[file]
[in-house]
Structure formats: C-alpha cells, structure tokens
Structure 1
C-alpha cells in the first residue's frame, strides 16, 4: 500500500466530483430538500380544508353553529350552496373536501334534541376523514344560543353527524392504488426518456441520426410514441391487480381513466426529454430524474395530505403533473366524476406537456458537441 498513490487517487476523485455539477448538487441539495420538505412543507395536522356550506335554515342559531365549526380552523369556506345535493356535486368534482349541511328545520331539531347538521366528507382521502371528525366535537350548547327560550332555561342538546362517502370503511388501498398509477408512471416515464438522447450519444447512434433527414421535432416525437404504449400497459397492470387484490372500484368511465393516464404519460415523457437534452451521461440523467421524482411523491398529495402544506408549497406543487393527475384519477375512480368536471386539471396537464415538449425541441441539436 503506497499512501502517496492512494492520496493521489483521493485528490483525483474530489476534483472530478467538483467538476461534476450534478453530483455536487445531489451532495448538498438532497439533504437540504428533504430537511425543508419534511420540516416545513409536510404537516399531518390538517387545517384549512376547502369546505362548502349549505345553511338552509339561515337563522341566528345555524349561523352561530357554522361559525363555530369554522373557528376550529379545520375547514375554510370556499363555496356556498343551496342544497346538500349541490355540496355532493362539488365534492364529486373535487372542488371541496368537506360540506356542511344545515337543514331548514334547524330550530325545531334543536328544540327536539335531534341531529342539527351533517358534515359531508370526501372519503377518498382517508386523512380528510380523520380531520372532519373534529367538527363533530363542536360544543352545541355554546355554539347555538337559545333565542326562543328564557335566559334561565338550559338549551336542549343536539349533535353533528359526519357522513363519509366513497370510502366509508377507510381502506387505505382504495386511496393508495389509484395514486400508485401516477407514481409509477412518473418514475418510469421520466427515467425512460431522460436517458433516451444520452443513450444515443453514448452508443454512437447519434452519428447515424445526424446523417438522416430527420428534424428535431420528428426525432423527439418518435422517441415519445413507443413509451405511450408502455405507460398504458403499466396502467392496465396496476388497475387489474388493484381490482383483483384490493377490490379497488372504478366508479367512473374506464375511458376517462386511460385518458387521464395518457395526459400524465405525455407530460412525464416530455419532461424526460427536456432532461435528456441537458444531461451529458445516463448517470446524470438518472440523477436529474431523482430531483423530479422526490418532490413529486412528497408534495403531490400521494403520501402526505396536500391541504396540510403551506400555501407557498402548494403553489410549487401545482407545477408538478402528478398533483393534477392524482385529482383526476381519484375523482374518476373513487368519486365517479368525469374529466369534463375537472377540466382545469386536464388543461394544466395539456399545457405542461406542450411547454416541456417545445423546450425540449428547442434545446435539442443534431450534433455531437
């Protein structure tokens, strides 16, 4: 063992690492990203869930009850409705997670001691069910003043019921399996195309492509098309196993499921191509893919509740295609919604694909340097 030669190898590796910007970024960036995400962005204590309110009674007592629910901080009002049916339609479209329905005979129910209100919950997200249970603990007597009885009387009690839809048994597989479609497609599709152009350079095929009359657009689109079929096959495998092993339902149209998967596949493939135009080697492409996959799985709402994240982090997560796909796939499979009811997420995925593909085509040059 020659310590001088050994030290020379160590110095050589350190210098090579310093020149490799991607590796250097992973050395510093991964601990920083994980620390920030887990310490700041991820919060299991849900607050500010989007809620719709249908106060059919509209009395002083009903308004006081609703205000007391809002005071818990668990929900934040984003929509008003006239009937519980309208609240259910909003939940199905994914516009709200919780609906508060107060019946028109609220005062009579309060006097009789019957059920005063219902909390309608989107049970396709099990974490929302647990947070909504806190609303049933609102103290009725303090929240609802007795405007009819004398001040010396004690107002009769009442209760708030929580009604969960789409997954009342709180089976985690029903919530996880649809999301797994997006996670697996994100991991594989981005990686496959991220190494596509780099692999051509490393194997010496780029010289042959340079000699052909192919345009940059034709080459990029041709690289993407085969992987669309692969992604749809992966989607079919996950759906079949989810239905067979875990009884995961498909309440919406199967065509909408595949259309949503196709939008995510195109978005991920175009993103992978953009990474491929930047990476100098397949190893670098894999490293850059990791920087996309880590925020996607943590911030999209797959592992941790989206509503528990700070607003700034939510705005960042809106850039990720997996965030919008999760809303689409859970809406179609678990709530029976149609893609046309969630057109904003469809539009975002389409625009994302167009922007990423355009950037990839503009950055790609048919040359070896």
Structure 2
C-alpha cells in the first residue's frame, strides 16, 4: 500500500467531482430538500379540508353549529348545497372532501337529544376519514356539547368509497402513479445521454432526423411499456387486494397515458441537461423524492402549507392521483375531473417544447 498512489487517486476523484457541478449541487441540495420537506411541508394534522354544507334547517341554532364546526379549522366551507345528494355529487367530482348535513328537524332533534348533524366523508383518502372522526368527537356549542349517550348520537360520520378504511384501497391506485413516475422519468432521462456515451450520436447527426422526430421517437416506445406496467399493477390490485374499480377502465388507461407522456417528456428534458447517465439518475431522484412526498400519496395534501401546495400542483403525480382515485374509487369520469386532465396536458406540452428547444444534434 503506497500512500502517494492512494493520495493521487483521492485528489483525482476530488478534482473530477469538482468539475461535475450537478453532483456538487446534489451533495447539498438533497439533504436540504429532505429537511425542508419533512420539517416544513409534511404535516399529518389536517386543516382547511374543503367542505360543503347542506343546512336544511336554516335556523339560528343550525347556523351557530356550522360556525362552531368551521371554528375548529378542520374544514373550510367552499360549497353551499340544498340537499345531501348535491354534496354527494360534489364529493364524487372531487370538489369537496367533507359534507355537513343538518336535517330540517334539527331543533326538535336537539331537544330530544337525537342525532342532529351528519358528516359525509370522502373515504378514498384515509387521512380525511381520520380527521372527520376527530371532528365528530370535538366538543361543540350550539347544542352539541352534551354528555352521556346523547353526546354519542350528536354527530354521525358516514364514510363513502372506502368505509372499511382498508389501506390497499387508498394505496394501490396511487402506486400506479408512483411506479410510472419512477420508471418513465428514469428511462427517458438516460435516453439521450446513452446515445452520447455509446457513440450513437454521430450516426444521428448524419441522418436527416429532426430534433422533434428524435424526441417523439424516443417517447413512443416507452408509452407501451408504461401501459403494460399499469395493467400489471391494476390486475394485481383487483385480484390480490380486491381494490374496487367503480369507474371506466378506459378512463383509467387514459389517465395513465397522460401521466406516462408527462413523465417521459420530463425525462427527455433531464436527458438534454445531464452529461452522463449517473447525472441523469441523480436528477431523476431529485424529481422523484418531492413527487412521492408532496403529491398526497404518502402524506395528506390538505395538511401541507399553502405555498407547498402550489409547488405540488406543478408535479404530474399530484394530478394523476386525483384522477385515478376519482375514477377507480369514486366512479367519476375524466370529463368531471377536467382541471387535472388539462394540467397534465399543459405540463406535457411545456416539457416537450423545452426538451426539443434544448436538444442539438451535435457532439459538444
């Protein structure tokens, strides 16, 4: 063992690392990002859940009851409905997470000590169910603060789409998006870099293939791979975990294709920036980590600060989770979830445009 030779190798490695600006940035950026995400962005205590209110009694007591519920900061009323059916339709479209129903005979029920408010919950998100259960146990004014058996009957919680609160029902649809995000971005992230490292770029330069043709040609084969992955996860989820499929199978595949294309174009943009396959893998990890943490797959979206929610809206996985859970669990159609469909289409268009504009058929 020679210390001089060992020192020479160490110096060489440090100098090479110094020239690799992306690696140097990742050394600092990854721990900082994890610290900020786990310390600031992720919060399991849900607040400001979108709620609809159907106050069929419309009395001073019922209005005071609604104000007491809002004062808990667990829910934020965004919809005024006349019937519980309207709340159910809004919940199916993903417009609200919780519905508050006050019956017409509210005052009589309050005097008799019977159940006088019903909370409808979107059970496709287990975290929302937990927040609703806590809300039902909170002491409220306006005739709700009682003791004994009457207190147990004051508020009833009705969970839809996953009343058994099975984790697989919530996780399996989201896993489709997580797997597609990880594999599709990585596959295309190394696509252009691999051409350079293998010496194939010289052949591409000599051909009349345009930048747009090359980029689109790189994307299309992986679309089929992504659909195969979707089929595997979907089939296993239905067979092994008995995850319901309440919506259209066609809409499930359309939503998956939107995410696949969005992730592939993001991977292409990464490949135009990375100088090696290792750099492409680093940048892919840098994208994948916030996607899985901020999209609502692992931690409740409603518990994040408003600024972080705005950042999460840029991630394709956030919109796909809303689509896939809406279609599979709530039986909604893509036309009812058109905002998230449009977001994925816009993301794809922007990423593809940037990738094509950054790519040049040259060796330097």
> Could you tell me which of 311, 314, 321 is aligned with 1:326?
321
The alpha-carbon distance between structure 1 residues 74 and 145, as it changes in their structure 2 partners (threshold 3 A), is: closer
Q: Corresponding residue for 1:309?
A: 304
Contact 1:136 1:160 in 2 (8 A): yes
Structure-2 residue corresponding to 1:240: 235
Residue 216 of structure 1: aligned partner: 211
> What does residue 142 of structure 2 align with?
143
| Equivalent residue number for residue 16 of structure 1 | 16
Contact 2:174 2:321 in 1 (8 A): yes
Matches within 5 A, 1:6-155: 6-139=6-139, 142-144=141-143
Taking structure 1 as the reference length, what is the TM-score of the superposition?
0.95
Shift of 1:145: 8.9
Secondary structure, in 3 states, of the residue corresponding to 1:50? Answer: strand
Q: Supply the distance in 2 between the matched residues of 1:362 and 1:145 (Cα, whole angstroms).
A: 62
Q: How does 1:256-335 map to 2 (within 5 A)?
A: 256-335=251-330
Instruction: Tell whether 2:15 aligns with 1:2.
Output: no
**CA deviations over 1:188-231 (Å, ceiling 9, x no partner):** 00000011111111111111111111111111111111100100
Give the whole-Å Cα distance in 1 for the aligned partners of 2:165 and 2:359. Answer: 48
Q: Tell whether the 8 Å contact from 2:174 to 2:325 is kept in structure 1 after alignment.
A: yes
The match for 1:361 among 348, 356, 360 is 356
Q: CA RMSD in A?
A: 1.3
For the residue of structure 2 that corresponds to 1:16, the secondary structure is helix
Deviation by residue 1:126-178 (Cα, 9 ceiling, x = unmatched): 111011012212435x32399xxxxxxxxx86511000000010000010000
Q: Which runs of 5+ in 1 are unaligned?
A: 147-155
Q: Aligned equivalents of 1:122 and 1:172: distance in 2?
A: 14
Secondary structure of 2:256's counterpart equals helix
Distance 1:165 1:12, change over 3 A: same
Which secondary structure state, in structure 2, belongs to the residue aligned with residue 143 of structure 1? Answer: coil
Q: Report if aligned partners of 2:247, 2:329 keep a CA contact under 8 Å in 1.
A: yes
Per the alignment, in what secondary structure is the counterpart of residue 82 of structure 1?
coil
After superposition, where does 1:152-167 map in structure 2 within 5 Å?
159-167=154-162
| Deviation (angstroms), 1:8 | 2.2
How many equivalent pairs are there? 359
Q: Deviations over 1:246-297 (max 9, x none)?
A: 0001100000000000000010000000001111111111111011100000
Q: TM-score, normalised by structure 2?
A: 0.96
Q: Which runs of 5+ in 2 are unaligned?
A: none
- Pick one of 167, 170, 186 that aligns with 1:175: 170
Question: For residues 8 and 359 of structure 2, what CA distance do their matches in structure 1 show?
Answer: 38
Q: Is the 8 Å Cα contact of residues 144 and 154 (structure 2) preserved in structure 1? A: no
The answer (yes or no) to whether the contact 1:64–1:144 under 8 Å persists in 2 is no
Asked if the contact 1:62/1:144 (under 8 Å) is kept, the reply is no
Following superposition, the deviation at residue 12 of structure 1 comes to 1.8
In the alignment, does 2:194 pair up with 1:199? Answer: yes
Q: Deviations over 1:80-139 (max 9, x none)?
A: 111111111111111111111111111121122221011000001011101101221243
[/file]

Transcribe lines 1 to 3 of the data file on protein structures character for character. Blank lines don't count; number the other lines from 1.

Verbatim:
[in-house]
Structure formats: C-alpha cells, structure tokens
Structure 1